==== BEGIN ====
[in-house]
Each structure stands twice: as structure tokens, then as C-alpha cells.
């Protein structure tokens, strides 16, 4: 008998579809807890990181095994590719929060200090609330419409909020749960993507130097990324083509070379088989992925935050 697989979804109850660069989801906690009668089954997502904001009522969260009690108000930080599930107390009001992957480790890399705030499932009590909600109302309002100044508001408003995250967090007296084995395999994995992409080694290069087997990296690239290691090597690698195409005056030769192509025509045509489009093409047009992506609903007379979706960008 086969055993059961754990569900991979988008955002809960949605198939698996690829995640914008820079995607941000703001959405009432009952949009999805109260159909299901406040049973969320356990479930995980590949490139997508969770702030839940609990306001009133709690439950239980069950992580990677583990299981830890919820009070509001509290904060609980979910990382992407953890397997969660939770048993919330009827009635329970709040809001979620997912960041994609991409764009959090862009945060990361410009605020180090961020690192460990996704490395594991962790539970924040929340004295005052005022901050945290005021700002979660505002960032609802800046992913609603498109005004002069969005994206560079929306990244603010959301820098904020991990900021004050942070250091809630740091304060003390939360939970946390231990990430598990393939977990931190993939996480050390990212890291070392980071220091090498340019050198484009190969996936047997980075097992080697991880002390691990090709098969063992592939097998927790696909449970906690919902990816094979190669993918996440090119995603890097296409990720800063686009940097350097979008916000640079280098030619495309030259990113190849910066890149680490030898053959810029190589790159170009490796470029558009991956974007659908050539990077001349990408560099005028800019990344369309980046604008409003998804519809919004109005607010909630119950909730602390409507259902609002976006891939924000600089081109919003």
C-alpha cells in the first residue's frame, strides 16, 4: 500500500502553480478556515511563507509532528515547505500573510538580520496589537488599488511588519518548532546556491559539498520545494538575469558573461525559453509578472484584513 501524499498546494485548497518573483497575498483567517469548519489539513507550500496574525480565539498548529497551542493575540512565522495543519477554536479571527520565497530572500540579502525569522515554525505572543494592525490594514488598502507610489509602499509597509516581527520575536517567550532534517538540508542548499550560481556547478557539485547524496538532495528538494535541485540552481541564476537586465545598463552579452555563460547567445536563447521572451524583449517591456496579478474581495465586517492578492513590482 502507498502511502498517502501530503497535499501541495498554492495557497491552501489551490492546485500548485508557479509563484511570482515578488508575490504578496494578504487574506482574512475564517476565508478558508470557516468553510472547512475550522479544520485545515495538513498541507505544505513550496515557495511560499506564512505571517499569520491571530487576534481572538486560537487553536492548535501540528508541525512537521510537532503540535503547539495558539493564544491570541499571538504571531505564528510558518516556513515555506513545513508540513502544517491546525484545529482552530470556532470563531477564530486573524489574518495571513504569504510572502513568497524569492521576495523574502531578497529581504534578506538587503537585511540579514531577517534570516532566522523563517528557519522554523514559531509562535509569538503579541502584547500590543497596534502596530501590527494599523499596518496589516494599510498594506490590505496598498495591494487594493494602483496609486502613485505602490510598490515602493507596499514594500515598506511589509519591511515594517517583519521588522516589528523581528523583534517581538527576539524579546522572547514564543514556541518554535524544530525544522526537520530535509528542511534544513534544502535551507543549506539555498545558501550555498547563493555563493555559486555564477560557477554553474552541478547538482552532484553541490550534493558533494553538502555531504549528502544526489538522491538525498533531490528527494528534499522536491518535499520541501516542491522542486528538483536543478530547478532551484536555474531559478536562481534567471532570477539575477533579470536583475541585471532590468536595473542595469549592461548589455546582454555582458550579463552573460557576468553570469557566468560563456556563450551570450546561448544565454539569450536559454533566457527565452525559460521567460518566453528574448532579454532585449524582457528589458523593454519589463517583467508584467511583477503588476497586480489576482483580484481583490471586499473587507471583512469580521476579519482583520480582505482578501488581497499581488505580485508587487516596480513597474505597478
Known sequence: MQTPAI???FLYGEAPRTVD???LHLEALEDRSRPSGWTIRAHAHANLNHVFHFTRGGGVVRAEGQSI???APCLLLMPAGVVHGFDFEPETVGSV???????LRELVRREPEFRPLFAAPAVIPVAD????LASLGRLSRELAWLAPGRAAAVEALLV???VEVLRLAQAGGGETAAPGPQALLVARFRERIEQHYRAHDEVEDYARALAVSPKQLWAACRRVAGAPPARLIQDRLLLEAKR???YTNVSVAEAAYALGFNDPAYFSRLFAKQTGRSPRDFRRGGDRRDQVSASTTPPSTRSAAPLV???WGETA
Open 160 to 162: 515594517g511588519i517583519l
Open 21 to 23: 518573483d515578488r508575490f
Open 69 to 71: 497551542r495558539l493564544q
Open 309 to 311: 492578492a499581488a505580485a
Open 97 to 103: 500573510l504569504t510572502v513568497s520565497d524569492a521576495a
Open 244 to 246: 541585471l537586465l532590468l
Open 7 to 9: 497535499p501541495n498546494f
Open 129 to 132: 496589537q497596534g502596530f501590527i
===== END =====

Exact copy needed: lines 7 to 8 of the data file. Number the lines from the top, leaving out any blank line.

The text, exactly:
Open 21 to 23: 518573483d515578488r508575490f
Open 69 to 71: 497551542r495558539l493564544q